There is a corner of the capital city that many tourists look for these days. It is because they have found out a miniature Hanoi at “Phuc Tan Public Art Project” on a road along the Red River in Phuc Tan ward (Hoan Kiem district) which used to be a dumpsite.

Artist Vu Xuan Dong’s boats, four in all, are made from 10,000 plastic bottles reminiscent of the once bustling Red River quay more than 100 years ago/ Photo: Lai Tan

In 2019, the People’s Committee of Hoan Kiem District  decided to turn the dumpsite into an art destination under the project “Renovating the Red River’s bank”. The targeted place is the area around 500m of old wall, erected about 20 years ago to prevent illegal land encroachment.

Over the years, this place has become an open-air dumpsite, filled with everything that households dispose every day. The local authority has made effort to Prevent disorderly littering. The artwork creators hope that the art street will encourage local people to lead a better and more sustainable life, while attracting more vistors.

With the idea of involving the local people in  creating a work of  street art   with recycled materials, the lecturer of Vietnam University of Fine Arts – painter Nguyen The Son and his colleagues turned the Phuc Tan trash site into an attractive destination for young people and tourists.

The leader of the project together with 14 local painters, architects and two foreign painters, had come to Phuc Tan for many times to experience local life and listen to locals’ opinions. After learning about the idea, the artists joined in cleaning the area and collecting recycled materials with support from local residents.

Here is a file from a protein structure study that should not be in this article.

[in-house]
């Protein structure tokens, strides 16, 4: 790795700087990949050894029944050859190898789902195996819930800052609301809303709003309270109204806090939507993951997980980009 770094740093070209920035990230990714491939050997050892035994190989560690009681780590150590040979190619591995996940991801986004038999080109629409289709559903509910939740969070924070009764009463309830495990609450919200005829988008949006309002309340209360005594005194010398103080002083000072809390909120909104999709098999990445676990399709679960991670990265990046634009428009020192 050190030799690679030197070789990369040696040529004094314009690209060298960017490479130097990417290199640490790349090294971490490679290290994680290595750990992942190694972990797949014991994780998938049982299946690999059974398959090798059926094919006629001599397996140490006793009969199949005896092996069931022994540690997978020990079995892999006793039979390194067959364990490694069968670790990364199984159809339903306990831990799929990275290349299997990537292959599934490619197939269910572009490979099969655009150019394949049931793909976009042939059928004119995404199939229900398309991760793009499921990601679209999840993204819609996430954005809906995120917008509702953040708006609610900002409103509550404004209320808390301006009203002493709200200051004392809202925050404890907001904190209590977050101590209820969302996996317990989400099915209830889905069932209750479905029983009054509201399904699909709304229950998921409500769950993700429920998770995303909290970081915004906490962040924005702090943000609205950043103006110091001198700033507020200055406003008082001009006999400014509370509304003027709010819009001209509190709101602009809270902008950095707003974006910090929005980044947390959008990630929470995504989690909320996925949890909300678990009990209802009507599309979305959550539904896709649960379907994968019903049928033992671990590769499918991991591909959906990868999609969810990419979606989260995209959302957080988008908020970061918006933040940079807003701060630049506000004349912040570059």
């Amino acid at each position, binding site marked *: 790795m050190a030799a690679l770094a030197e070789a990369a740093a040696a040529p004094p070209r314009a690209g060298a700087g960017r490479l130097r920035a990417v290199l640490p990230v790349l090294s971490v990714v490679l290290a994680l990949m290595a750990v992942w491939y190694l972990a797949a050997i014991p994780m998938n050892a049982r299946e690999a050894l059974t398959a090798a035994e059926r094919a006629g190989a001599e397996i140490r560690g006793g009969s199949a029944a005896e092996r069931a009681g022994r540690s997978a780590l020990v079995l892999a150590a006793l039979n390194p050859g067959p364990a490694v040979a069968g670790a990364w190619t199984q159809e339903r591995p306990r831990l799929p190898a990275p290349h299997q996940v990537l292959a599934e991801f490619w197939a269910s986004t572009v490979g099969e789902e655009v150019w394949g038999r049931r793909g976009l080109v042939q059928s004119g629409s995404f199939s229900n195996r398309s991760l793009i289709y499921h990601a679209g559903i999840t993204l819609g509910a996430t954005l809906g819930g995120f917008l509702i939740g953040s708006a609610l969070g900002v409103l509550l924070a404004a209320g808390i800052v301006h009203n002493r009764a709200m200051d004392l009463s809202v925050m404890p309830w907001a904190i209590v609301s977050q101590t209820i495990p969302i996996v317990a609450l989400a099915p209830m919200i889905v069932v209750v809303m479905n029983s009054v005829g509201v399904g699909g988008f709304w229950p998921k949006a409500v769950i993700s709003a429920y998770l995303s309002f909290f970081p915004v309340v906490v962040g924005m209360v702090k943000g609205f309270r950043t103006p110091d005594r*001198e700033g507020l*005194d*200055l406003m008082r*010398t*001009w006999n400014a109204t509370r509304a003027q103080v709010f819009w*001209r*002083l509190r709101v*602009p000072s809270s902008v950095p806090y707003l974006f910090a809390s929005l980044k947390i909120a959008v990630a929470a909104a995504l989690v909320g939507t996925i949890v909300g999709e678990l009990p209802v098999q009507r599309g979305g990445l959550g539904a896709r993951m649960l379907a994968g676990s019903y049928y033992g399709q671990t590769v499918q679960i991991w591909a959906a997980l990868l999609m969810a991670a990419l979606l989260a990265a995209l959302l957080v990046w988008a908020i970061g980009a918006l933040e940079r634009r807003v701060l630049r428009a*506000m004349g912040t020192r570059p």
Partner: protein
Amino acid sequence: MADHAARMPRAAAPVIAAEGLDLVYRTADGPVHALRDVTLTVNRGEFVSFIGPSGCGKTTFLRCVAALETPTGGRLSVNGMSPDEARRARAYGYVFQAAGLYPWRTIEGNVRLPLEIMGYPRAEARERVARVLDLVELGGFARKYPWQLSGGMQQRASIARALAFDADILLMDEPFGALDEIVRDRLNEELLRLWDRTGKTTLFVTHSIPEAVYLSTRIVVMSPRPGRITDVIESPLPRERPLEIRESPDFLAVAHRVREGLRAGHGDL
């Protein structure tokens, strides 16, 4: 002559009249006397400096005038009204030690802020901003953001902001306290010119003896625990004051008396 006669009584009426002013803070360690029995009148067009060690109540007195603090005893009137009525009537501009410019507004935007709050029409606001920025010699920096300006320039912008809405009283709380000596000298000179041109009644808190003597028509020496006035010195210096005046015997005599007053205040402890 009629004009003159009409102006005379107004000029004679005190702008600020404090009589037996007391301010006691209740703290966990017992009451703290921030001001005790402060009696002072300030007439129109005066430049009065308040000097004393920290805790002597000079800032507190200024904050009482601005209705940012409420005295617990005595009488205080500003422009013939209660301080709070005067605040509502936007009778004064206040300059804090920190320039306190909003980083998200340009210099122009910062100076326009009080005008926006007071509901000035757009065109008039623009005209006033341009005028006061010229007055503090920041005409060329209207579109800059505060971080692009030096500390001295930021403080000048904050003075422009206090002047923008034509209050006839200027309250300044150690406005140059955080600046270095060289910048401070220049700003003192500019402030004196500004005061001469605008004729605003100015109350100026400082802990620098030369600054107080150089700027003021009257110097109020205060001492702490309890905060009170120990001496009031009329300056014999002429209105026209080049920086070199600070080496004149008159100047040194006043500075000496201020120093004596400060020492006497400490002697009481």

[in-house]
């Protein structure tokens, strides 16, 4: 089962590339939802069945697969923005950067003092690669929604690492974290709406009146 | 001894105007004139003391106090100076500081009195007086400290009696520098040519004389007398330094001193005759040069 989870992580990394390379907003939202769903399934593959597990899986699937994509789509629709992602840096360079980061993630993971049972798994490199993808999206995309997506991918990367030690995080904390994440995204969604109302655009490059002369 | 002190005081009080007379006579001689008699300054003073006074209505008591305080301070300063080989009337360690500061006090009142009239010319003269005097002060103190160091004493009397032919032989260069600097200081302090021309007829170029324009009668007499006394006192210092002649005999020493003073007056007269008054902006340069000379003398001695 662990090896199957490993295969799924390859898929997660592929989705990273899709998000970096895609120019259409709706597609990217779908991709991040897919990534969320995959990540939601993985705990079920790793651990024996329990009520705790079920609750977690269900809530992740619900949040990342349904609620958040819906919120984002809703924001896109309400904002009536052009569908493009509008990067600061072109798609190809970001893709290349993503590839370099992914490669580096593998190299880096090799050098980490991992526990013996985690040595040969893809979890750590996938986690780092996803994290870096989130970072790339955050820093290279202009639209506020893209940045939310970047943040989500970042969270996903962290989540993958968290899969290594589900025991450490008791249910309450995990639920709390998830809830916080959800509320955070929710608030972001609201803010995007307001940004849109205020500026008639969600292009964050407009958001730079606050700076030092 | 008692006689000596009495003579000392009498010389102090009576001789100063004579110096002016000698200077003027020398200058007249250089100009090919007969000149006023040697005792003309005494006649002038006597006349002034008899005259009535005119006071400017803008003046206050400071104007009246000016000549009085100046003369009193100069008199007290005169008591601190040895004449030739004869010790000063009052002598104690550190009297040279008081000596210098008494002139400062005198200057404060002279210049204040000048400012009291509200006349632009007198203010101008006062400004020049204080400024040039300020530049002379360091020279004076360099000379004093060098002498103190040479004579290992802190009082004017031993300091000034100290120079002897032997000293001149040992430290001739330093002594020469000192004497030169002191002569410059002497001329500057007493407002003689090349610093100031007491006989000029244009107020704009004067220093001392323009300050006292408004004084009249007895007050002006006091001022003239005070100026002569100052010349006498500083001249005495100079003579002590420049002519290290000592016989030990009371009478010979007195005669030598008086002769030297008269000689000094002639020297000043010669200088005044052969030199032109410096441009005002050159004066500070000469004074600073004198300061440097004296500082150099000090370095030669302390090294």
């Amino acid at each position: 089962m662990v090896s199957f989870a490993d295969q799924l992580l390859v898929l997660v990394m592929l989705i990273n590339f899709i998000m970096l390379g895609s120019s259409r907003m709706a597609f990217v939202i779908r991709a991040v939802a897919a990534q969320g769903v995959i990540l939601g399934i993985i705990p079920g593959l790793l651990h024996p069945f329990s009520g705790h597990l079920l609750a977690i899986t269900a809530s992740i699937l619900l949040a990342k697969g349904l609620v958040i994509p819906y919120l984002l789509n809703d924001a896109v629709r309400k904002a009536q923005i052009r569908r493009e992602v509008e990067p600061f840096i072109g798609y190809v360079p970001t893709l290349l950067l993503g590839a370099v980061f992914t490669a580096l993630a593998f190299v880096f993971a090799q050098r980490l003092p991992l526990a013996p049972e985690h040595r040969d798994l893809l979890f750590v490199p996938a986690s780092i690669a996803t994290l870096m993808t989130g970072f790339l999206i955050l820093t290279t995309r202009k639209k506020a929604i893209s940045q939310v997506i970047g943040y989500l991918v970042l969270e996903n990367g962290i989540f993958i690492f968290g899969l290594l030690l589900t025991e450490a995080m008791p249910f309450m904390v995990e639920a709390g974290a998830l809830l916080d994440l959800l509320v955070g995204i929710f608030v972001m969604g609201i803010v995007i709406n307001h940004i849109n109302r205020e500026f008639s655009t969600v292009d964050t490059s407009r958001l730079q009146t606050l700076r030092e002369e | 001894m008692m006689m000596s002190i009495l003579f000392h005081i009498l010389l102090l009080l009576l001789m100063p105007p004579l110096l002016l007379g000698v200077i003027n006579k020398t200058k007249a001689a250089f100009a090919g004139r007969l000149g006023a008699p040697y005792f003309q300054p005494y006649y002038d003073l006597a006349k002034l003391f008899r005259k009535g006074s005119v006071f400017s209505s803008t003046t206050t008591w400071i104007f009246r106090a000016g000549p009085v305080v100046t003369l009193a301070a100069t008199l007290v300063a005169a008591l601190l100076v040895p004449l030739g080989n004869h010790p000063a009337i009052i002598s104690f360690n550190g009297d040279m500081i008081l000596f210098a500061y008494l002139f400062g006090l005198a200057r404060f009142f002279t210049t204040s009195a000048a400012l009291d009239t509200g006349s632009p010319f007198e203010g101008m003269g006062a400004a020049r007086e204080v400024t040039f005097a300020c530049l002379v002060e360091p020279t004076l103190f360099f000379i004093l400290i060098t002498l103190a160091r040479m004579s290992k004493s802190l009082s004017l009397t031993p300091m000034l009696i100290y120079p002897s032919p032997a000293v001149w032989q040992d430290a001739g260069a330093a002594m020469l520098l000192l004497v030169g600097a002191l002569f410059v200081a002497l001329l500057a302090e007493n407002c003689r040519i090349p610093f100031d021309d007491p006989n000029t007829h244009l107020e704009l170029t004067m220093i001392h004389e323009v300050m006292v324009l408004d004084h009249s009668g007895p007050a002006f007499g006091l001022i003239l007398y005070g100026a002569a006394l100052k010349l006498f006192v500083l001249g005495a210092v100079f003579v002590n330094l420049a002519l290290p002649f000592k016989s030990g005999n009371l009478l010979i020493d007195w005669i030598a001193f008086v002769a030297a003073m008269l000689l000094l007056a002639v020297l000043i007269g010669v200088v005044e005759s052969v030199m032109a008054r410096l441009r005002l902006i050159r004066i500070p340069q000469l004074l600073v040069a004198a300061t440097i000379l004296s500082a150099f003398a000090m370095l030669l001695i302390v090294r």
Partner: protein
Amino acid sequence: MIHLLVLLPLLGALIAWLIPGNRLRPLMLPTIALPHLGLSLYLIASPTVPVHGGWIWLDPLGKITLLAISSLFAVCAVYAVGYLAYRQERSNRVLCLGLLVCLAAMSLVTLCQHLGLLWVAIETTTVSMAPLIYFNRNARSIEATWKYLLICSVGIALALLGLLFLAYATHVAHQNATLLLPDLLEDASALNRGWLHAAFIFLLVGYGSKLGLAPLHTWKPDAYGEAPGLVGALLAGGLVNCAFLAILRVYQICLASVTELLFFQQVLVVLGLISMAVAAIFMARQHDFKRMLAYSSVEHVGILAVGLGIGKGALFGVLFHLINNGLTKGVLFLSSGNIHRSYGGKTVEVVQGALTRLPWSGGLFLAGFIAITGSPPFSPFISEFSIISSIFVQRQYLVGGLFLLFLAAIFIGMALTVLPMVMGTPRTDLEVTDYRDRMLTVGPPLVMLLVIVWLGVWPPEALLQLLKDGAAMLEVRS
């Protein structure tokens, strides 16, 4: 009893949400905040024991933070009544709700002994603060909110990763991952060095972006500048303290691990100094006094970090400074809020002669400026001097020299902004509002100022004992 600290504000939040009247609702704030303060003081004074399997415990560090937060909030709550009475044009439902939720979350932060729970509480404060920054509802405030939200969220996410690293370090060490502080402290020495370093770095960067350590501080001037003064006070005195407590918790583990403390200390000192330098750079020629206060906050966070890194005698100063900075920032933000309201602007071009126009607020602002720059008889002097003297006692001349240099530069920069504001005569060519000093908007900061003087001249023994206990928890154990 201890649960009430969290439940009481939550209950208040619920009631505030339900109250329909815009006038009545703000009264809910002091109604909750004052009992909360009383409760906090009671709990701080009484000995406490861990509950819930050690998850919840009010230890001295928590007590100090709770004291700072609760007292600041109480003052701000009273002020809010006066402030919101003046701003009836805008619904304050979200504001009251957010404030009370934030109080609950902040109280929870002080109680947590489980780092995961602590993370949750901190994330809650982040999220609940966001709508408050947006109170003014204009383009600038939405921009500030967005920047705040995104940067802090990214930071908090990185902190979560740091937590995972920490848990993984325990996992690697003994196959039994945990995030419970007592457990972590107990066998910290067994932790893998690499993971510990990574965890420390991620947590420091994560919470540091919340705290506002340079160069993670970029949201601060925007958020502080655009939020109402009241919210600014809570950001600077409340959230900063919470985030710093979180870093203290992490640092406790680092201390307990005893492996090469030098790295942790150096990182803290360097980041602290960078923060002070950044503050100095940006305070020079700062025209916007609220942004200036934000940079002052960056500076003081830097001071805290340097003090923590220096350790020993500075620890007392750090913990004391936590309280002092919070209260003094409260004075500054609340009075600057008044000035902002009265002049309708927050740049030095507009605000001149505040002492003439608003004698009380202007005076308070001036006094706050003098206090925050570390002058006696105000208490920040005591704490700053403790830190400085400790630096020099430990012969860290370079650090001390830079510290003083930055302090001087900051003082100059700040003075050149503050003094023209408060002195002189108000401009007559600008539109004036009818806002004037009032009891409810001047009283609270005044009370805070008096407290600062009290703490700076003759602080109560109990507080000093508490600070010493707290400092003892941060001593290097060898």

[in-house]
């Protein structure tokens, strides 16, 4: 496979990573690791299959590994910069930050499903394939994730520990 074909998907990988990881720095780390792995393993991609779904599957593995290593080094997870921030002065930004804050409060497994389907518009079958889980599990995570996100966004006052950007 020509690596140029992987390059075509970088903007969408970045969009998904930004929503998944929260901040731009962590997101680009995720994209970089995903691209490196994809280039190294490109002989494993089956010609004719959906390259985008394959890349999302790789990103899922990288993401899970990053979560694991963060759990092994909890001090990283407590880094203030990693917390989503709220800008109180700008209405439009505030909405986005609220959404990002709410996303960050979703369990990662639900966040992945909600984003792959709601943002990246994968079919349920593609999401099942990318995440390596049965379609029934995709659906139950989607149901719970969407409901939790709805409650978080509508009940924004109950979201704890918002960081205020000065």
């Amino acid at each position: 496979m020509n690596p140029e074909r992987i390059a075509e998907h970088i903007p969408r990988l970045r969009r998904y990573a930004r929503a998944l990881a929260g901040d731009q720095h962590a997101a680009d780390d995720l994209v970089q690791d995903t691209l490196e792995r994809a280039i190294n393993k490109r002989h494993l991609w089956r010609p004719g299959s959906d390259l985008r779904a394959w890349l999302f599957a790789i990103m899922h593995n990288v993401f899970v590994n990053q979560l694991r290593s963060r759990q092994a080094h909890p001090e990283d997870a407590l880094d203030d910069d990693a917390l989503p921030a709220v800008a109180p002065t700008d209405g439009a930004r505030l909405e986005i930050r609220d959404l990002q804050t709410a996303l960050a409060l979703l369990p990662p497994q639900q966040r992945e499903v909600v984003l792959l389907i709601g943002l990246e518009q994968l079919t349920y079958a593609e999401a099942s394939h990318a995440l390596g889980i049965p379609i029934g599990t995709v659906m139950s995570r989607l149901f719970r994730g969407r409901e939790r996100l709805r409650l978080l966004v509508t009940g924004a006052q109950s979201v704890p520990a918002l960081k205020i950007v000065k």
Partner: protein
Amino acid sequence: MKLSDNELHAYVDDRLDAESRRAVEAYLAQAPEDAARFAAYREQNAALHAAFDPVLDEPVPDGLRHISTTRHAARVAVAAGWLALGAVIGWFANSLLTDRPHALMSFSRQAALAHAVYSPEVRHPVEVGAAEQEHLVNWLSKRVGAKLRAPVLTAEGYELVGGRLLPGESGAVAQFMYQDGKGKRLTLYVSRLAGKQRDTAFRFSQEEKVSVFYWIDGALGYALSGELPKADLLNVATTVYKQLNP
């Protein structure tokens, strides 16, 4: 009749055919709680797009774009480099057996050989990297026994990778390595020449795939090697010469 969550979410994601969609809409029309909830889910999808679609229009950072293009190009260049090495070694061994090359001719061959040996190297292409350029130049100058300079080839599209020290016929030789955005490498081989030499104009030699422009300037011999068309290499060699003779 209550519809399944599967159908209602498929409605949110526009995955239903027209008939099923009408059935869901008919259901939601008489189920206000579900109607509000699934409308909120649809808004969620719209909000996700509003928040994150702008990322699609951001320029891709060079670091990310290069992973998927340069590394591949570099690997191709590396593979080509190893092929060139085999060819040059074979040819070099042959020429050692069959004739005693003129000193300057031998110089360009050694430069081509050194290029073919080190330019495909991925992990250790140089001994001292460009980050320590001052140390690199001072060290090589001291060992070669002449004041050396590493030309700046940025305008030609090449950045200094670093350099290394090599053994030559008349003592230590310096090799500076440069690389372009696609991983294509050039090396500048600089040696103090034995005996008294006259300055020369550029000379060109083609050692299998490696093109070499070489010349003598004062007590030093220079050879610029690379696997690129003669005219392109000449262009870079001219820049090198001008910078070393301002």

Painter Goerge Burchett from Australian through his two works “Elephant” and “Living Green” made of stainless steel, wanted to convey the message “Make Hanoi clean and green” and connect  people with nature.

Architect Diego Chula used broken mirrors to create “Color” for all visitors to see themselves in his works. In addition, the baskets to keep chicken in Long Bien market were transformed  into colorful lanterns through his creative hands. He also designed a row of recycled iron chairs from old iron window frames for visitors to rest while viewing artistic works.

“Floating house” artwork by artist Le Dang Ninh. Photo: Lai Tan

Meanwhile, artist Khac Quang shows us the image of the last blind singer of the 20th century, artist Ha Thi Cau on a tram, an old familiar means of transport in Hanoi.

And artist Nguyen The Son created two reliefs with a total length of 6m as an embossed adaptation of the picture “Fishery and agriculture”from scrap iron and stainless steel to tell everyone about the hard life of the people living on both banks  of the Red River.

Immigrants living on the Red River will find themselves in artist Le Dang Ninh’s “Floating House”. With barrels and laser cutting techniques combined with LED light effects, his work has taken visitors from one surprise to another  with a different perspective about Hanoi at night. Thanks to the illumination, the work still stands out at night along the riverside roads.

With more than 10,000 plastic objects and motor oil bottles combined with iron frame and scrap ceramic, painter Vu Xuan Dong has created  the painting “Boat” with the size of 10m x 3.5m. The painter brought visitors to the old Thang Long painting with busy merchant ships.

“The project is not just about recycling, but through art it tells stories of memories and history,” said artist Nguyen The Son, who organized the project. All 16 artists with their talented hands turn different materials which all are scraps into a unique art collection. The artwork creators hope that the art street will encourage local people to lead a better and more sustainable life, while attracting more vistors.